The last thing to do in the process of building a script is to add in the details. If you don’t get the big picture working properly, then the details do not matter. You’ve probably seen writers with a wonderfully written scene in a script that doesn’t work. That’s like having an ornately finished room in a house that’s falling down. There’s oak trim, polished marble, gold leaf, and top-notch furnishings, but the house is caving in. A great scene in a script that doesn’t work is worthless.
So you’ve got to focus on your story’s major building blocks and get them working. Your job as a script writer is to come up with the best story possible and to dramatize it. Dramatic writing is generally considered the most elusive of all the literary disciplines, so it’s tricky why something looks good on paper but then falls apart on the big screen. It’s slippery and unpredictable why a script can work most of the way through and then fall apart. How does a big production with all the best talent lose a fortune while the same basic story shot for a pittance with a bunch of unknowns go on to make a fortune? The ability to consistently crank out scripts that tend to work is rare, and what makes a dramatic story work is literally the sixty-four million dollar question these days.
Scripts are extremely stripped-down literary forms, with no room for the unnecessary. Like a kite or a glider, they consist only of what is absolutely necessary to advance the action. A script is structure and nothing else—a framework with minimal elements bolted onto it and no more. Like the frame of a skyscraper, with just the steel girders and beams assembled, the core structure gives the building its shape and function. As a dramatist, you have to make your story work dramatically. Now mere dramatic structure means nothing without a dynamite story to work with. Well-structured crap is still crap. But assuming that your story passes the So What? test, then it’s your job to make it work as a performance medium, with real actors performing it in such a way that it grips an audience, no matter what the genre. Whether it’s a bone-crunching thriller or a nut-job comedy, it has to work dramatically.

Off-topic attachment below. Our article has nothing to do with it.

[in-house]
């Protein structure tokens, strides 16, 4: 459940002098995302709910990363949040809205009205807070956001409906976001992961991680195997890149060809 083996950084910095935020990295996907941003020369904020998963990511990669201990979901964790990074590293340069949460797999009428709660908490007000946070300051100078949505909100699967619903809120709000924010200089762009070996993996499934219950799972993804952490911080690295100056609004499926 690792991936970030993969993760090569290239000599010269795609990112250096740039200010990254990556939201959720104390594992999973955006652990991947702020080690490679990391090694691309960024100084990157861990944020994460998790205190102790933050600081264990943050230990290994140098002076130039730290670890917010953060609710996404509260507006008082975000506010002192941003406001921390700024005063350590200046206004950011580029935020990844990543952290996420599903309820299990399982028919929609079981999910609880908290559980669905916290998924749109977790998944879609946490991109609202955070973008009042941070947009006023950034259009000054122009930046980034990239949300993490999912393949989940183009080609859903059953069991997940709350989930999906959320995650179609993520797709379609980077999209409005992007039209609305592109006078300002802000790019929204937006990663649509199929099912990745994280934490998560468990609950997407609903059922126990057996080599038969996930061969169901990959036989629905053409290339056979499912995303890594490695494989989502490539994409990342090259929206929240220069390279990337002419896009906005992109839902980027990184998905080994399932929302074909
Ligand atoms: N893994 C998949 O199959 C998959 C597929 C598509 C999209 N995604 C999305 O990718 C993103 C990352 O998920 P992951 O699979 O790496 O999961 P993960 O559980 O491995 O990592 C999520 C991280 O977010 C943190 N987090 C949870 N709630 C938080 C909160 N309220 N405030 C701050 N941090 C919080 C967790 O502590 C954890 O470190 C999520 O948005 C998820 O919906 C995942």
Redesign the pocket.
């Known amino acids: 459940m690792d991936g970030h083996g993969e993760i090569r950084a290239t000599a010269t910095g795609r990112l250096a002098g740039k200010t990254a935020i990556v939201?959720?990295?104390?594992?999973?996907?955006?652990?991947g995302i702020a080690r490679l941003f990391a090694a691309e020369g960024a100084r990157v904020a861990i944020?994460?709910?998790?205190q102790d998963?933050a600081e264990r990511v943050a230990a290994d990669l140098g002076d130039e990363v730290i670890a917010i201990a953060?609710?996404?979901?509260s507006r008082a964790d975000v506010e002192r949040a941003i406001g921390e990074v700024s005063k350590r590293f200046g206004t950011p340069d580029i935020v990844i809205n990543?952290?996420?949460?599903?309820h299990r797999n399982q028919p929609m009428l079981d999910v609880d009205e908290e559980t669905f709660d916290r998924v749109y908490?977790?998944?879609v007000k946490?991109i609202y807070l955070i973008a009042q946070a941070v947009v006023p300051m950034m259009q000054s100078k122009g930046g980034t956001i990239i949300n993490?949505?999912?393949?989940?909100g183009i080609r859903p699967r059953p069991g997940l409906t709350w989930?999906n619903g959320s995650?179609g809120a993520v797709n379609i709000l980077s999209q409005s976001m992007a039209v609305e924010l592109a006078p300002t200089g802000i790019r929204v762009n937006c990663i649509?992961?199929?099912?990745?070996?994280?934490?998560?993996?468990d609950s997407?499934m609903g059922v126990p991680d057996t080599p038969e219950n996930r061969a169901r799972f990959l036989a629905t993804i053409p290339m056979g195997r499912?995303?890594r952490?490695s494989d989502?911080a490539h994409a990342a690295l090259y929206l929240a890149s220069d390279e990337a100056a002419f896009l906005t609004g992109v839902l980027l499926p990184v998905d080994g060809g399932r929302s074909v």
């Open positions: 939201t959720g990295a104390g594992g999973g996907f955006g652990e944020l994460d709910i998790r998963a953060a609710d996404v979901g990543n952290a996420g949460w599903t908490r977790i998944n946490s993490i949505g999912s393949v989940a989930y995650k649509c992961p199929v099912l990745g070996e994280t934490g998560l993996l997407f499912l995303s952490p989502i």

So your first job is to assemble the major components, the big bones of the story’s structure. That’s the real work. Once you’ve built the superstructure of the script, then the rest is just details from one point of view. Aristotle got it right, saying that in building a script, the writer “should first sketch its general outline, and then fill in then fill in the episodes and amplify in detail.” By working from the general to the specific, you can prioritize the building of the script in a way that enables you to make the big picture work, and then systematically make each of the smaller units in the story work. You make the overall story tight and dramatic, then do the same for each act, then for each sequence, and then for each scene, gradually fleshing out the detail as it becomes necessary. And you don’t proceed to build out the acts if the overall structure doesn’t work. The underlying principle behind this approach is that you can take much of the energy that goes into rewrites and put it into engineering your script properly before you write it.